+ Reply to Thread
Results 1 to 7 of 7

Hybrid View

  1. #1
    Join Date
    Sep 2012
    Posts
    1

    Default Cracking & Chipping Paint on Newly Plastered Walls

    I have a 100-year-old Victorian. In the front room, previous owners had patched the plaster and goughed a (what I'll call) "sort-of" texture on parts of the wall. Prefering a smooth wall surface, I got in there full with gusto, digging out the old plaster cracks down to the lathe, removing crumbling plaster, adhering loose areas back to the lathe with a glue injection technique and then scratch-coated (where applicable), brown-coated (also where applicable), and finally skim-coated the entirety walls. I applied watered down elmers at each step and a dollop of the same in each batch of plaster mix that I made (I was using powdered Dap "wall patch" plaster for all stages of the plastering). The end result was looking quite good! I was pleased with my new smooth walls...sort of shocked that it had all gone so well. And then we painted it...

    We started with a PVA-based primer as recommended by the paint store, then a nice, contractors grade paint on top. The issue arose with the first coat of paint on the walls. The ceiling and upper walls (ceiling received only a skim coat) are in one color and there wasn't any issue. The walls however, started having small bubbles pop up under the paint/primer which, when sc****d off wet, went down into the skim coat of plaster. We stopped popping/scraping the bubbles while the paint was wet, but those areas and a few others are now cracking down through that top skim coat.

    I have no idea where the fail is occurring. The plastering efforts were done over three months with at least four days of drying time after the final skim coat (so it should have been dry enough). Is it an issue with my novice application of the skim coat (a lot of that skim coat landed on old paint, about 15% on patched plaster, the bubbling is happening in both areas)? A problem with the combo of primer/paint? Contamination somewhere in the process?

    Such a HUGE effort to be thwarted at then...am wondering if anyone has suggestions about a way to fix from here...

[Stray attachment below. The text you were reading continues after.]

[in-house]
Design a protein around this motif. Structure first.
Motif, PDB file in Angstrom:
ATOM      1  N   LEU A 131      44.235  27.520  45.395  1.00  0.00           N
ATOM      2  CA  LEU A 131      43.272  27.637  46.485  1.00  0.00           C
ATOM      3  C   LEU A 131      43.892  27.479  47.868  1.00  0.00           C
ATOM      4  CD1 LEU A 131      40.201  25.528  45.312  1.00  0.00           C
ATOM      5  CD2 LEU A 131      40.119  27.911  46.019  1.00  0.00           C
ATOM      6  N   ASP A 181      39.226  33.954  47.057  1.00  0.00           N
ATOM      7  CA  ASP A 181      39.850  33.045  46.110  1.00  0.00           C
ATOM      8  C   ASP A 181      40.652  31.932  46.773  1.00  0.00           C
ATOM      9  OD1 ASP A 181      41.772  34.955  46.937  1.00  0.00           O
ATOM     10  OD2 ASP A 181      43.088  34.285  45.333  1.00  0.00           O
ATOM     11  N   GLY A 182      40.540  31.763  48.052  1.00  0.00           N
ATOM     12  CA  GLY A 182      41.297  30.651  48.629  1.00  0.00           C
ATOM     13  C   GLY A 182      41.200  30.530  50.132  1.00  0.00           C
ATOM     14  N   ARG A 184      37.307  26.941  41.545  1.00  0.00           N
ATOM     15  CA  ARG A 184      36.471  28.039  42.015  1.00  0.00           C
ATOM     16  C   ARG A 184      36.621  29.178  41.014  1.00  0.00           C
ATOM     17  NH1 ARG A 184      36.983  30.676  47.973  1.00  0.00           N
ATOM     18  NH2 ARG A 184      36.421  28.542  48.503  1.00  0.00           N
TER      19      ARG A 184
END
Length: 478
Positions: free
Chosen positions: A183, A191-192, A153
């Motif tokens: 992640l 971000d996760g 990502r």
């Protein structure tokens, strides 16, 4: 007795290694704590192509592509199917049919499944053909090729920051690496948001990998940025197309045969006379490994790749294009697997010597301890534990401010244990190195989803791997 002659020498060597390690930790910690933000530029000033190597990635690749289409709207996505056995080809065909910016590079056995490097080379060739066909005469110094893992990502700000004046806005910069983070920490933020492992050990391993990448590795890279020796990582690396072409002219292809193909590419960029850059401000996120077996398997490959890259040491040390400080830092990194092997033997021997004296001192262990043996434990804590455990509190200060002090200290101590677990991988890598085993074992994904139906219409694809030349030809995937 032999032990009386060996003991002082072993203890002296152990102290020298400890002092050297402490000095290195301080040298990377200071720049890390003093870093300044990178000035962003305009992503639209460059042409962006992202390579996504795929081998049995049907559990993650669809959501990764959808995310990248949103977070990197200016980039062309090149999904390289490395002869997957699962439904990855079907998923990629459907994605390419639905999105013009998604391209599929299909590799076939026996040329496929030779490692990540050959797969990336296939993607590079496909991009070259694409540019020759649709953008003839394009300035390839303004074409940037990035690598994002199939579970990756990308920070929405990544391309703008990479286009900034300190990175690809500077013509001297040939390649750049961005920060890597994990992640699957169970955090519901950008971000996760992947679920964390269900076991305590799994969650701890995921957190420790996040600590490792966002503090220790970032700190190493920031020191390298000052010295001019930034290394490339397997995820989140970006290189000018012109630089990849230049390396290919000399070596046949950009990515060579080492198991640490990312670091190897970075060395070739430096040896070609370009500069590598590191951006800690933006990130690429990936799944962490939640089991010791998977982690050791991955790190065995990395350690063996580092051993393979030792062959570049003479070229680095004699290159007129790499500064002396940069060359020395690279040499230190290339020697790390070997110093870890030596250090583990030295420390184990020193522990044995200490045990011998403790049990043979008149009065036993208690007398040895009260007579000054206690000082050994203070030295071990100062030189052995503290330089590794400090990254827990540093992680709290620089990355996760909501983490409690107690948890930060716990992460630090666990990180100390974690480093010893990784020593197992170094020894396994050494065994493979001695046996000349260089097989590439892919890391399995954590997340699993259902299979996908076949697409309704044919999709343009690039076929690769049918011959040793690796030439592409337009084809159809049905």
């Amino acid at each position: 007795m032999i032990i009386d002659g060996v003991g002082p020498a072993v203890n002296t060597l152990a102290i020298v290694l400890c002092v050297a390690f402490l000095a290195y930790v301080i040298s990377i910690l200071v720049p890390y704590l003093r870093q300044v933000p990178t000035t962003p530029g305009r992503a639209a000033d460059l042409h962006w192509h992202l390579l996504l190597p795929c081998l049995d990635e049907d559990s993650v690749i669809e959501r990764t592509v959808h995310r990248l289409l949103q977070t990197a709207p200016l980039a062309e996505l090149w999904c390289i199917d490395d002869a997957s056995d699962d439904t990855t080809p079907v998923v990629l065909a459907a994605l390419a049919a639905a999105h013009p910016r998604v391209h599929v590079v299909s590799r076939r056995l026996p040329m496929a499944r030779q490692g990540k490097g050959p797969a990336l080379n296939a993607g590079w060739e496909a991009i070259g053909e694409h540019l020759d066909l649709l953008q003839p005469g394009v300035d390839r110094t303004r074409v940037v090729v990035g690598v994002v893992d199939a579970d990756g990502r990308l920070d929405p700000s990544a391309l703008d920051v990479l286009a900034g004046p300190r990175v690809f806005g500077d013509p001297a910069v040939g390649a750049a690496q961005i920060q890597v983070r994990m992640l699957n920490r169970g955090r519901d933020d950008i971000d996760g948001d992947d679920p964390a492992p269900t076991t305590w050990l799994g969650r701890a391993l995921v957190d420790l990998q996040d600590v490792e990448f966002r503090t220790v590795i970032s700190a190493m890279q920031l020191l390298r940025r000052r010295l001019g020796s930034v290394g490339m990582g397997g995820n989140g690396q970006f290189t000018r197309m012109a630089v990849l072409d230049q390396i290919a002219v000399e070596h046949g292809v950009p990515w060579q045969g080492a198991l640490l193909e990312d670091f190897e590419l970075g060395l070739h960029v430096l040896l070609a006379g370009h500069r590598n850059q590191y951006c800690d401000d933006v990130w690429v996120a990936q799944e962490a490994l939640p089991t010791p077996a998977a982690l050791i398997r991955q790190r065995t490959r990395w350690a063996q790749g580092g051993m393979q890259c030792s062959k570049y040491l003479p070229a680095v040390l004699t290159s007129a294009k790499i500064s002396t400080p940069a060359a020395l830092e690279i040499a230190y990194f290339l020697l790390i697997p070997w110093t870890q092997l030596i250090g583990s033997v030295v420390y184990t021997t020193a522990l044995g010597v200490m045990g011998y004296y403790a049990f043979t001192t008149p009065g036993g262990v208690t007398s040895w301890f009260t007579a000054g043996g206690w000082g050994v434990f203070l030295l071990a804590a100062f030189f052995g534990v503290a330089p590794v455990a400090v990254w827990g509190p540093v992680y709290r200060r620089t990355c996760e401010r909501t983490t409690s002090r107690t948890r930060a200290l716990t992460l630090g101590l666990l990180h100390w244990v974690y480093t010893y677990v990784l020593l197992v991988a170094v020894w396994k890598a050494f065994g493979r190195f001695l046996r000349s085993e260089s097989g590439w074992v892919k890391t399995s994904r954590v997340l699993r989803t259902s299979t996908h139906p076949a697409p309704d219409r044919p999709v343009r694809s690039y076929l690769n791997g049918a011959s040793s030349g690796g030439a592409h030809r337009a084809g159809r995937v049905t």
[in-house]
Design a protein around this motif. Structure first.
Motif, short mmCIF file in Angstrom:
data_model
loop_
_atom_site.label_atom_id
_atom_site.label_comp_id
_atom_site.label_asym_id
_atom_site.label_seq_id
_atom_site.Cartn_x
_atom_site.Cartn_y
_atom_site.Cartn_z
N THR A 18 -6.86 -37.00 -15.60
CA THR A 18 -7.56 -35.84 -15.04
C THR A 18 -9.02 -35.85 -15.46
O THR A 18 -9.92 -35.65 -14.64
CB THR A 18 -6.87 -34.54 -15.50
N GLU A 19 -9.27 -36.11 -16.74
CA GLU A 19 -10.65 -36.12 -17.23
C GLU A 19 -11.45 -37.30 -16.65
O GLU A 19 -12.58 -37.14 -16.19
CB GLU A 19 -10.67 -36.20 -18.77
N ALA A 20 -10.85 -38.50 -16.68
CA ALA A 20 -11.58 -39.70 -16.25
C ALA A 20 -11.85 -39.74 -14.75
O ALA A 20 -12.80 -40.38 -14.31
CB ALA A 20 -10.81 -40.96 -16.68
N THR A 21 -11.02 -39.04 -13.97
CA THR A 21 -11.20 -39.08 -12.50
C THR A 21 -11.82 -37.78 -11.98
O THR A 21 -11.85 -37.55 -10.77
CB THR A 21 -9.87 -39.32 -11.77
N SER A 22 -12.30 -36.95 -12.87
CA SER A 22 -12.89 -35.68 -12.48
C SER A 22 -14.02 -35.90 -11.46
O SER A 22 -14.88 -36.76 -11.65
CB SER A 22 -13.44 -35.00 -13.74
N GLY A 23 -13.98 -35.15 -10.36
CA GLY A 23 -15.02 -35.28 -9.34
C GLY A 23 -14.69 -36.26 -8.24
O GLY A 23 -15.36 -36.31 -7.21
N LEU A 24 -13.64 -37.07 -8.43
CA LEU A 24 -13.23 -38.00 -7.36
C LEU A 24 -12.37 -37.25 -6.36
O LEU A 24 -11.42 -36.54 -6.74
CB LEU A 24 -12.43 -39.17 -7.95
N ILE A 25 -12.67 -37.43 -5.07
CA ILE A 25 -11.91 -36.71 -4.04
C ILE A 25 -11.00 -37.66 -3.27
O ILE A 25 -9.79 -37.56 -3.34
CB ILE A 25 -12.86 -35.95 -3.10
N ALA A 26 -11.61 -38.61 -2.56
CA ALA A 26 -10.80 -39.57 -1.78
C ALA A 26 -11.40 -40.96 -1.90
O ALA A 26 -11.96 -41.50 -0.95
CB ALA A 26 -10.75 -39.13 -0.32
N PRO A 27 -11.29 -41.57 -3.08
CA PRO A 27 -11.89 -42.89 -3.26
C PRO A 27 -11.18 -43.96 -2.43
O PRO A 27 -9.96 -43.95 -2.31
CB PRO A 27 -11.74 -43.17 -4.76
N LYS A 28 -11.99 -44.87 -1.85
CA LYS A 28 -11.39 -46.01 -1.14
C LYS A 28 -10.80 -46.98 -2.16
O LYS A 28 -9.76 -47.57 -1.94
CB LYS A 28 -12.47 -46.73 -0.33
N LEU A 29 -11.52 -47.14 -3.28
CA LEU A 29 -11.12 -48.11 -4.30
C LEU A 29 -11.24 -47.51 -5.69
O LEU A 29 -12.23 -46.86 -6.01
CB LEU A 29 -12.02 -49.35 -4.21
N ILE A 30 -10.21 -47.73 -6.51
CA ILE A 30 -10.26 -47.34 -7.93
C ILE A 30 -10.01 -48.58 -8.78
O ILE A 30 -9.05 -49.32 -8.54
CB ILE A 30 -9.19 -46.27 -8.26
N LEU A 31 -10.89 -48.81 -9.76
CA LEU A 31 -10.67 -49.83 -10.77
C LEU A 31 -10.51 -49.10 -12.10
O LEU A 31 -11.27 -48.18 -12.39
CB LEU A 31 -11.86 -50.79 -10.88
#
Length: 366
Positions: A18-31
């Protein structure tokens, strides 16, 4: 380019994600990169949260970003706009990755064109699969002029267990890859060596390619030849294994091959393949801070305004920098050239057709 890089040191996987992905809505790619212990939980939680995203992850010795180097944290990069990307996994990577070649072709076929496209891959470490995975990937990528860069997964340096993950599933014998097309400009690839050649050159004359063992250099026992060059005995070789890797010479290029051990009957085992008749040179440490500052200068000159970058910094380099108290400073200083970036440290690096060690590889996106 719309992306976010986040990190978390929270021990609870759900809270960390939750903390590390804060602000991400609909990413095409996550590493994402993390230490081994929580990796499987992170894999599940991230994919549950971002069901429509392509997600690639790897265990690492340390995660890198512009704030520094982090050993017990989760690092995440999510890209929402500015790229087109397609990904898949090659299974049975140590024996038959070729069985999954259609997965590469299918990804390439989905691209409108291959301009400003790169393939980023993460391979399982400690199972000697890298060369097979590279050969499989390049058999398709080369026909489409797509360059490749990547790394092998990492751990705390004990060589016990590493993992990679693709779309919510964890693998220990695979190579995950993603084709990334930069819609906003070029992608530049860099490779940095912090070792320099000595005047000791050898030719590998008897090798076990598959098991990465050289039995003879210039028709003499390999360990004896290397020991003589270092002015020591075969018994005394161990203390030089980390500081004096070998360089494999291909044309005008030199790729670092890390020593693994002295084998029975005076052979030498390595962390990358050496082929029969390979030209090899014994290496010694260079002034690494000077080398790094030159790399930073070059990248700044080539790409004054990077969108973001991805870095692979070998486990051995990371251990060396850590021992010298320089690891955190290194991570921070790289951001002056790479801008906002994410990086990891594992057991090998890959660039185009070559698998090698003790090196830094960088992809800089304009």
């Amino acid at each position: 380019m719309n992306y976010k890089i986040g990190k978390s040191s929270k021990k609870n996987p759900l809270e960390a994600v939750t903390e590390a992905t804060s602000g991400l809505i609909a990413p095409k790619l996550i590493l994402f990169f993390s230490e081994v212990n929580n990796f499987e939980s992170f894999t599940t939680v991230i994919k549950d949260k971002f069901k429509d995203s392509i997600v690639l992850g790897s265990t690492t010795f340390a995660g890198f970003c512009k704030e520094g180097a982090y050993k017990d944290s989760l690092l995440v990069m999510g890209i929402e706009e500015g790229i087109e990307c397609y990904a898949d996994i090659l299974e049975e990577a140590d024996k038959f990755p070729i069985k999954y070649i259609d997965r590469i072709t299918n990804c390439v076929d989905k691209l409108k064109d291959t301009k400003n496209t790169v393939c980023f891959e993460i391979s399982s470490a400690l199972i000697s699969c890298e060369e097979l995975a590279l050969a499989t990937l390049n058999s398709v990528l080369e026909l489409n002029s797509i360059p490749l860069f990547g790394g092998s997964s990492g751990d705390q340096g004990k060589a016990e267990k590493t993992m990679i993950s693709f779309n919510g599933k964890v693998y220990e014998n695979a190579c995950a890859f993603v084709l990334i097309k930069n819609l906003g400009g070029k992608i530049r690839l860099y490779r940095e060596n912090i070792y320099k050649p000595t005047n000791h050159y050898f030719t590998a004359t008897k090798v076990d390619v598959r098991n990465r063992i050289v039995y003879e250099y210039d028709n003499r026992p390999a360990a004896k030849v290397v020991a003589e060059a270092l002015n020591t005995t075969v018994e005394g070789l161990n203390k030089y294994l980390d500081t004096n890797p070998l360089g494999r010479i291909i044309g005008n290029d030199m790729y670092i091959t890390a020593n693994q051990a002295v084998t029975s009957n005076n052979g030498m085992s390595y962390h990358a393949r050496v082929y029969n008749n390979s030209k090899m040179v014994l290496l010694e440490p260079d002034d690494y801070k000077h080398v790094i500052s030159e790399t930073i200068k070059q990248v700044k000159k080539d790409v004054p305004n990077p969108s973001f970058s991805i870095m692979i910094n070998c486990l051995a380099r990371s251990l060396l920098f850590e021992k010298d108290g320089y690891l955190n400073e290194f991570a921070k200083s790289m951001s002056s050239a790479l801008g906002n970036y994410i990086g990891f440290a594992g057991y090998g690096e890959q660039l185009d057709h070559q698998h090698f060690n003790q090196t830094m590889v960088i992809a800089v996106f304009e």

2. #2
    Join Date
    Jun 2009
    Posts
    271

    Default Re: Cracking & Chipping Paint on Newly Plastered Walls

    I am not a painter.
    But I am a plaster.
    I think you should have used a oil based primer.
    The DAP patching product is for patching not a full three coat plaster.
    The PH of the finished was mostlikly High and caused what is known as lime burned. The water based primer was pulled in to the plaster than it tried to exit back to the surface this caused the bubbles.
    Sand it smooth prime with oil and I think you maybe ok.
    Or maybe chech with your paint store and use something like Kils Alcohol based sealer?

  3. #3
    Join Date
    Aug 2007
    Location
    Portland, Oregon, formerly of Chicago
    Posts
    1,611

    Default Re: Cracking & Chipping Paint on Newly Plastered Walls

    I don't know what the time frame was, but most paint and primer products discourage their use before plaster has cured at least 30 days. Likewise for alkaline poured cement.

  4. #4
    Join Date
    Jun 2009
    Posts
    271

    Default Re: Cracking & Chipping Paint on Newly Plastered Walls

    Ordjen I agree that normally a 28 day cure time is recommended by with todays coating and the recommendation on the coatings products they now have what the paint manufactures claims is a HOT PRIME this can be applied over a high PH reading.I don't agree with this but this is what the paint stores will sell and state that it is Ok ?